Economy Shop Claremont

Our Story

The Economy Shop Established 1933

The Economy Shop Claremont has been a permanent fixture of the City of Claremont since the 1930’s and has always been run entirely by volunteers.

The Economy Shop and its volunteers provide a rare blend of neatly displayed, clean quality thrift store merchandise in a fun place to shop. Eighty-five years of service to the community attest to its viability.

The Economy Shop was started during the Great Depression to help citrus industry farm workers and other individuals in need to acquire clothing and household goods at a low cost. 

In 1948, the volunteer organization acquired the old telephone switching station at 325 W. First St. in the Claremont Village. In January 1949, it officially opened as the Economy Shop.

Community volunteers and donations of clean clothing, household goods, jewelry and books are always appreciated. Donations are accepted during shop hours and on Monday and Tuesday from 9 to 11 a.m. All donations are tax deductible.

Through the Decades

1930's: The Beginning: Bess Garner and United Church of Christ

The Economy Shop was begun in 1933 as a project of the Claremont Church (now known as the United Church of Christ) Community Service Committee. The original committee worked out of a home owned by the Church.

1940's: Articles of Association and new home for the Economy Shop

In 1941, the Shop moved to 112 Harvard Ave. which was available “rent free”. From 1944 to 1948, the Shop was located at 221 W. 1st Street, and the intention of the Board was to purchase this property from Mr. Clarence Stover. However, in 1946, notification was received that the building and lot had been donated to Pomona College. The first formal board minutes in spring of 1941 note, that in attendance at that meeting, held at the home of Bess Garner (Memorial Park Building) were, Mrs. Langston, Miss Ackerman, Miss Loring, Mrs. Johnson and Mrs. Dale. At that meeting, a presentation was made by Mr. H. J. Hawkins about the Harvard Ave. property. The Shop was open on Saturday mornings and at a July meeting, it was voted that all money earned would be, “spent for welfare work”. At the May 10th meeting in 1942, the officers elected were: Mrs. H. H. Garner, Chair; Mrs. Leon Johnson, Vice- Chair; Miss Lucy Loring, Assistant Vice-Chair/Shop Manager; Mr. H. J. Hawkins, Treasurer; Mrs. Dale Healy, Secretary. It’s interesting to note that in 1943, the bank balance was $305.67. An invitation was extended in 1944 from the Claremont Coordinating Council which had been formed in 1939, for the Shop to send a representative to their monthly meetings. Mrs. Leon Johnson was the caseworker who, in 1945, handled requests for aid and made recommendations for welfare to the Board. In 1946, Mrs. Bertha “Bert” Uniacke joined the Board and was associated with the Shop until her death in December 1986 at age 102. Some of the cases addressed by the Board were; money given for eye surgery, help with expenses for hospitalization, and family emergency expenses. Mrs. Garner, who had been involved from the shop’s beginning, resigned as Chair and Mrs. Leon (Azile) Johnson took over that position. A committee was formed to find a “permanent home” for the organization in 1947. At the October 6th meeting of that year, which was held at the home of Kathyrn Allen, Eleanor Daly Condit joined the Board. The search committee recommended the purchase of our current property at the Nov. 8th meeting in 1948. The 1st Street property was owned by the Associated Telephone Company and was listed for $5,000.00. At the Dec. 1st, 1948 meeting, it was resolved to purchase this property for the asking price of $5,000 with $2,500 down and payments of $27/month to be made on the remaining $2,500. Also, at the Dec. meeting, Articles of Association were drawn up, establishing the Economy Shop as an Unincorporated Association for benevolent purposes. In January, 1949 The Economy Shop opened at 325 W. 1st Street. At this time the Officers of the Board were: Pres. Mrs. Leon (Azile) Johnson; Shop Managers, Mrs. Ralph (Bertha) Uniacke and Mrs. Burrett (Kathyrn) Allen; Treasurer, Mr. Harry Hawkins; Secretary, Mrs. F. D. Healy; with Eleanor Condit taking over during the year as Secretary Pro Tem. In June of 1949 the Shop received a seller’s permit #AP39128 and in July the property tax ($43) was paid. Extensive fundraising resulted in the debt on the building being paid off on September 14th, 1949.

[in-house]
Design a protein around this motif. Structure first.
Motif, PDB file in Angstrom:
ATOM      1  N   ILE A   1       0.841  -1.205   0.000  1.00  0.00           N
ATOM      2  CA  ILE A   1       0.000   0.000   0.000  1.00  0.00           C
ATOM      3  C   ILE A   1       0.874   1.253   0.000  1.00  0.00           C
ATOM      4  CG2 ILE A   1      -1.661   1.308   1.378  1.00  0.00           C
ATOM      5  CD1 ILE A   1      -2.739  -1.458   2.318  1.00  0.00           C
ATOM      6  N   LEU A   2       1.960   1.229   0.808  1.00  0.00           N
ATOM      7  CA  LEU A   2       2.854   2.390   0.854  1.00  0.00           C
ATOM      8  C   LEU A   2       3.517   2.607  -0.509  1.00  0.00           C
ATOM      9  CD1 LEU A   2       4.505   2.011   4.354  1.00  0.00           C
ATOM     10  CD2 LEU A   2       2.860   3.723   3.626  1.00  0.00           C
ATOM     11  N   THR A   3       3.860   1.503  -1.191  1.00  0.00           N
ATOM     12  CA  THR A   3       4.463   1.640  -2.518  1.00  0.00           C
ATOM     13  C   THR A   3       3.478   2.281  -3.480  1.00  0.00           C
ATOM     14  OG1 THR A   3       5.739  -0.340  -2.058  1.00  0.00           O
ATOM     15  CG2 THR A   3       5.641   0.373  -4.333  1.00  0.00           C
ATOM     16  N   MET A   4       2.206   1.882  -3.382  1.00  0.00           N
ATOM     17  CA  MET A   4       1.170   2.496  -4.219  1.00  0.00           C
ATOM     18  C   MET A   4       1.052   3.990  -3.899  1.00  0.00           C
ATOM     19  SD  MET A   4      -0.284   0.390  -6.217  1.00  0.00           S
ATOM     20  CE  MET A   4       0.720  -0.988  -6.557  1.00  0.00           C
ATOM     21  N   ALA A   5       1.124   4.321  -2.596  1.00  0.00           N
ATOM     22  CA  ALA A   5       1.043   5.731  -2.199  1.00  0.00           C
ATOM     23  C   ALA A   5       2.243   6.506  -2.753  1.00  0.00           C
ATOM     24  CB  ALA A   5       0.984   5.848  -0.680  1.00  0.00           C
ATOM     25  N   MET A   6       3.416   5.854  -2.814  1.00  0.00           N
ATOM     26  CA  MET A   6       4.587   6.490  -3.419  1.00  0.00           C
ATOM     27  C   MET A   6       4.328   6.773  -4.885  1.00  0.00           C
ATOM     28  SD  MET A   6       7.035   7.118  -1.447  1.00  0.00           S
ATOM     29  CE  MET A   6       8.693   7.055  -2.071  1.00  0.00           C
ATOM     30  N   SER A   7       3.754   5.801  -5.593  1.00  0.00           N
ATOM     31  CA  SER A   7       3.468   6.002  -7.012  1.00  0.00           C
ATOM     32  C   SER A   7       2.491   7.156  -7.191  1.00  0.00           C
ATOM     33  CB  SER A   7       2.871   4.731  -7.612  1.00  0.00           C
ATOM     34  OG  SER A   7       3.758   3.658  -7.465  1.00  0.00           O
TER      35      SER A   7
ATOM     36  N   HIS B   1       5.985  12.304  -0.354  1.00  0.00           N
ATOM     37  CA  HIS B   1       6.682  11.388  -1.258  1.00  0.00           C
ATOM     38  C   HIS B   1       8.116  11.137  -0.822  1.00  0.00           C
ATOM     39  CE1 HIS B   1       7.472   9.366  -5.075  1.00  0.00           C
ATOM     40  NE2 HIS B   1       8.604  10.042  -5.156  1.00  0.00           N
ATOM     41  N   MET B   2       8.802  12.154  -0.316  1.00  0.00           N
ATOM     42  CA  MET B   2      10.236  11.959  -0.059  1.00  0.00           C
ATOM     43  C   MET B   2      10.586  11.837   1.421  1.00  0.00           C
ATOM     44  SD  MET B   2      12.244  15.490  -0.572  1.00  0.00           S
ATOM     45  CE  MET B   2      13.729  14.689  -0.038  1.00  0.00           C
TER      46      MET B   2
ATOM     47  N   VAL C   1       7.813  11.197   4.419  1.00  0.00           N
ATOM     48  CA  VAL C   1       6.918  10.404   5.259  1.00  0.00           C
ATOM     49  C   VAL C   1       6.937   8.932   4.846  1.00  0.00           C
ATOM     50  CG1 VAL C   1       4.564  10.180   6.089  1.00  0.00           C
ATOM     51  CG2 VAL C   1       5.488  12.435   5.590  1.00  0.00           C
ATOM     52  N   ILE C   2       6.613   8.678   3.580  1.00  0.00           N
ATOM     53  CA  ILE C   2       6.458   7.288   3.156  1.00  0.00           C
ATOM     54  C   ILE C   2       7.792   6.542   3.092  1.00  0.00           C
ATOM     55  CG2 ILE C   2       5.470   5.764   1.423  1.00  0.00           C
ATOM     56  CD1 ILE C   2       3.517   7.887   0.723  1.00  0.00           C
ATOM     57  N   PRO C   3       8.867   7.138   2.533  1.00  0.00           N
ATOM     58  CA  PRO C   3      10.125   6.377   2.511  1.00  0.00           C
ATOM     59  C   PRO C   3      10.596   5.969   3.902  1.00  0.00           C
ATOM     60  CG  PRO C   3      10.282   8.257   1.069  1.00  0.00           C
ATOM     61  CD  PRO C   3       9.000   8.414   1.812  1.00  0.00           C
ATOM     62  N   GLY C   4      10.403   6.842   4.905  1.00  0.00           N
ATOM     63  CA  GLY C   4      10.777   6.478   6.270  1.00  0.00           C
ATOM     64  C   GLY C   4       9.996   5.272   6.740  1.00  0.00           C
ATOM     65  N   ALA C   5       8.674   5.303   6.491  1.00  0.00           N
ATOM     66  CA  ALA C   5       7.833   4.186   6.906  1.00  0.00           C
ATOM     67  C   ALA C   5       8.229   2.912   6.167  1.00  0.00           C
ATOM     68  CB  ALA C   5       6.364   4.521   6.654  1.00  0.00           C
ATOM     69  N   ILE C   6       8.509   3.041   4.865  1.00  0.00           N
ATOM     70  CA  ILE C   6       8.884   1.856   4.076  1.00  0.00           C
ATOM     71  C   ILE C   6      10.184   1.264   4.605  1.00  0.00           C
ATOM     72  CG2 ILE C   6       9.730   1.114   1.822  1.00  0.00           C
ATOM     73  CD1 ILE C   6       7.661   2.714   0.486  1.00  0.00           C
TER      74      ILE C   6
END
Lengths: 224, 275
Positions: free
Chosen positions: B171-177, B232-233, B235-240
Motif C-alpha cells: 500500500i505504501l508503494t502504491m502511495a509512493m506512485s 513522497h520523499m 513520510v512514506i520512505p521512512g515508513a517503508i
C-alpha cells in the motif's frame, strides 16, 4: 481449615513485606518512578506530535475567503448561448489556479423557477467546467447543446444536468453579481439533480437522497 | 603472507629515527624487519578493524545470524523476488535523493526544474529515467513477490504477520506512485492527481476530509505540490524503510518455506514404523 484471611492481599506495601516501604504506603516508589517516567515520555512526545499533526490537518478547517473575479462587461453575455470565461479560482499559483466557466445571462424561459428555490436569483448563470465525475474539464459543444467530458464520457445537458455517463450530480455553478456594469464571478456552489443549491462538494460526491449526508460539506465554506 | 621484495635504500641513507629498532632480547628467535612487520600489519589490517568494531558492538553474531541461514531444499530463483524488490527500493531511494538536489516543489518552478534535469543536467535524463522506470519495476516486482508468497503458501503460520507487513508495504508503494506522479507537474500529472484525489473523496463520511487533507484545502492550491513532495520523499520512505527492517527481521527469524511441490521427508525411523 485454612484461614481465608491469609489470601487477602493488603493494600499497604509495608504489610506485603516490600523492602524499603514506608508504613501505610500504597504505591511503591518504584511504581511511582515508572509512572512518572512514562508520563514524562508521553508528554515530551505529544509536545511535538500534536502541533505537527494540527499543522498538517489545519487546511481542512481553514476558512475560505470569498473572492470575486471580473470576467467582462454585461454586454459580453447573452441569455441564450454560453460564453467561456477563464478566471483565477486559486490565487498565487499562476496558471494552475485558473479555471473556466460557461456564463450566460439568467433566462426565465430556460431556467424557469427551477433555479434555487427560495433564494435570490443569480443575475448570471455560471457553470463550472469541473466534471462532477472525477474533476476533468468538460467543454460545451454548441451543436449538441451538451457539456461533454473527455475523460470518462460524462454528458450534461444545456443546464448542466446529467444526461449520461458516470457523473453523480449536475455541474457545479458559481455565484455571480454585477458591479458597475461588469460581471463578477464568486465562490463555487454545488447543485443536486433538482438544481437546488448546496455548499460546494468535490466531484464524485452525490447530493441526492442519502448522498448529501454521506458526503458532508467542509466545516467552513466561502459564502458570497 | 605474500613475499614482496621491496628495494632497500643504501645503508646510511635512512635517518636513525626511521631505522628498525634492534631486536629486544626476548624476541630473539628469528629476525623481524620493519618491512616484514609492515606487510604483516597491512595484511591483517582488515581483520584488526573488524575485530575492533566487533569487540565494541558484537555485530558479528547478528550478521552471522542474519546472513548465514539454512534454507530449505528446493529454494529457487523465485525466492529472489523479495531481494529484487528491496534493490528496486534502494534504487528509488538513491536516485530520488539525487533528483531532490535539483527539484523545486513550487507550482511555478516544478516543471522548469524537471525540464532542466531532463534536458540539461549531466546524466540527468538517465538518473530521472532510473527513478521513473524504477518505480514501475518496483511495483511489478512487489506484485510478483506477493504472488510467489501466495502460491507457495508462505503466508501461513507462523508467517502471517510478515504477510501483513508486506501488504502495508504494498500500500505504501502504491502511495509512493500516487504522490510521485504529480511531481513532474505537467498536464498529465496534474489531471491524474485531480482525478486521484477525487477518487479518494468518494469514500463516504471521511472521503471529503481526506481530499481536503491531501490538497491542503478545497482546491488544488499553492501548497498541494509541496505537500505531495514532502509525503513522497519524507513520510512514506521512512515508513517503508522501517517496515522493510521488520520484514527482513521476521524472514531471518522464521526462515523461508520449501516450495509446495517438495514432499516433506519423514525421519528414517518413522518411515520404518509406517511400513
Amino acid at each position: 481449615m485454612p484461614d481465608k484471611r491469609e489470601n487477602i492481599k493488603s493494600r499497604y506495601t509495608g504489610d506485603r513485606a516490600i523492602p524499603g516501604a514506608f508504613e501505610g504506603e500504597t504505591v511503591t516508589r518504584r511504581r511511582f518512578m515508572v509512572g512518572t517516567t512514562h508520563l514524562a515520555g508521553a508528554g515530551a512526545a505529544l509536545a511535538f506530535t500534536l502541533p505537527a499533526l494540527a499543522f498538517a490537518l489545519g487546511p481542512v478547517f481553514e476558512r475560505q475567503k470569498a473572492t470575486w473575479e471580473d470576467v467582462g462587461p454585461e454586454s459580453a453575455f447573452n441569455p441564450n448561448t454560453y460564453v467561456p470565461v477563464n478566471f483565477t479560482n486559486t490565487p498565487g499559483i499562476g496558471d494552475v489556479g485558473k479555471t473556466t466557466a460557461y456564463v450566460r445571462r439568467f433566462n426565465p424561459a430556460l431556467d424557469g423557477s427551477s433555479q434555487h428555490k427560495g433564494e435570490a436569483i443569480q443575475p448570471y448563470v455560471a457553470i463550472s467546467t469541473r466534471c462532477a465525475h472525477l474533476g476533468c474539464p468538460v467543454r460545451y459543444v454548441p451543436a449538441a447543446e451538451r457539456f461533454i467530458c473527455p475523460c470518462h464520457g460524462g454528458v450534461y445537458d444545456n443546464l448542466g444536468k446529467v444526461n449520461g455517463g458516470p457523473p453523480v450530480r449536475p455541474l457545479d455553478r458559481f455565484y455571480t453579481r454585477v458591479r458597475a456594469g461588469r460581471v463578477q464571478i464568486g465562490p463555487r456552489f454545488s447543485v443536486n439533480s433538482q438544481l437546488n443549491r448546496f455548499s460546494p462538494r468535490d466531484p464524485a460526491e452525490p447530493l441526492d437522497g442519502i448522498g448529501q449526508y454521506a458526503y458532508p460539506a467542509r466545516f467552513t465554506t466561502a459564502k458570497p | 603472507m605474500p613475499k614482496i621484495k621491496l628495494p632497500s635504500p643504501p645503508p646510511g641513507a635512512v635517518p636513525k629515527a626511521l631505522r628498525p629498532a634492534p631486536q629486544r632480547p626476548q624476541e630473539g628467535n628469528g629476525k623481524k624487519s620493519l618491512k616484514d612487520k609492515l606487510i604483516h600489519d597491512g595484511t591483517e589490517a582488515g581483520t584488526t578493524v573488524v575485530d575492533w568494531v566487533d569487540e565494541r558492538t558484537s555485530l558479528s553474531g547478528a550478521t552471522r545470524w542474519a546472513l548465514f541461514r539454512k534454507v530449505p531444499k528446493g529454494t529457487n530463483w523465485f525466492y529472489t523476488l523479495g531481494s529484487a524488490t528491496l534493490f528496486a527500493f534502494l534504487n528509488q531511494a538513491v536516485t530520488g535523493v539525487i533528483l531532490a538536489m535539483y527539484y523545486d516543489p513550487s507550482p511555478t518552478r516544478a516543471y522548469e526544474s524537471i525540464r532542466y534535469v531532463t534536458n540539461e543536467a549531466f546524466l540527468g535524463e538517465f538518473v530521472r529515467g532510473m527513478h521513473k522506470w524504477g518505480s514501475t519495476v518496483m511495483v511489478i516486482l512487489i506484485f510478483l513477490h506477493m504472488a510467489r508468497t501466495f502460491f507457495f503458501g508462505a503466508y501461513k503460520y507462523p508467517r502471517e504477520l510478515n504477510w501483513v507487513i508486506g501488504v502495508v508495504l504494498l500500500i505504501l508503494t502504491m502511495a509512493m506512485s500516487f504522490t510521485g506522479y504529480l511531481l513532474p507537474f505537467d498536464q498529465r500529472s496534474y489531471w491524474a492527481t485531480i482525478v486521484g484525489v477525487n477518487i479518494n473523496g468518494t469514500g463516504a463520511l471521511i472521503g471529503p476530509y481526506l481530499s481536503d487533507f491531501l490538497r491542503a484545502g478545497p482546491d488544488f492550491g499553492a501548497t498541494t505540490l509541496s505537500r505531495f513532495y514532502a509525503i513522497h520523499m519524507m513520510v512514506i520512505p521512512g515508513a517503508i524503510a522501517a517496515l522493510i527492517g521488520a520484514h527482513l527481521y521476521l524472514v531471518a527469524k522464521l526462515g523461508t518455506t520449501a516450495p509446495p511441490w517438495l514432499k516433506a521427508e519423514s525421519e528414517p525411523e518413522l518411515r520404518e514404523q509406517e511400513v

1950's: By-laws drawn up and first Economy Shop sign

By-laws were drawn up and read by the Secretary at the January meeting in 1950. New Board members added during this year were, Dr. and Mrs. Nelson Bell and Mr. and Mrs. Charles Fitts. At this time couples were encouraged to join the Board and given just one vote, which is still the case. During 1951, Mrs. Bess Garner was replaced on the Board by Ellen Pierce. Dr. Nelson Bell assumed the chairmanship in 1952 and an audit was done of the books by Mr. Whyte and Mr. Fitts. Mrs. Pierce resigned and Mr. and Mrs. Wayne Scherer came on the Board. Dr. and Mrs. Francis Hearst also joined the Board during this year. A discussion was held at the June Meeting in 1953, concerning the shop management being handled by the Mabon sisters (Olive and Ora). Due to the small number of volunteers, at this time, the Shop was open only on Tuesday morning from 9-12. The By-Laws were changed so that the Annual Meeting/elections of officers would be held in June (instead of Jan.). Also, at this meeting Mrs. Poponoe became the Welfare Chairman, replacing Azile Johnson. A new sign was installed to identify the Shop at its new location in 1954 and Mrs. Grace Scherer was appointed to represent the Shop at the Coordinating Council meetings. Brochures were developed in 1955 to be distributed to other groups and to be available at public places, such as the library. Mrs. Whyte and Mrs. Scherer offered to help with the Shop Management. After many years, Mr. Hawkins resigned as Treasurer and Mr. Whyte took over this position. Also, due to ill health, Eleanor Condit resigned from the Board. The death of Mrs. Eleanor Daly Condit was announced at the 1957 April Meeting and the board made a donation to the cancer fund in her memory. At the March meeting of 1958, the representative to the Coordinating Council, Ann Poponoe, reported that the group discussed the concern of drop outs and delinquency at Claremont High School. To address this problem, Bob Graham, a local juvenile officer expressed the need for a “Youth Center with continuing supervision”. Dr. Larkin’s death was announced at the Oct. Meeting and it was noted that $200 was left to the Shop in his will. With Wayne Scherer presiding at the Dec. Meeting, the Shop was incorporated, with the paper work signed and approved by the state government in Sacramento. The city surveyor, Mr. Andreason, included our lot in the Alexander St. (Indian Hill) survey to establish the boundaries of the Economy Shop property in 1959.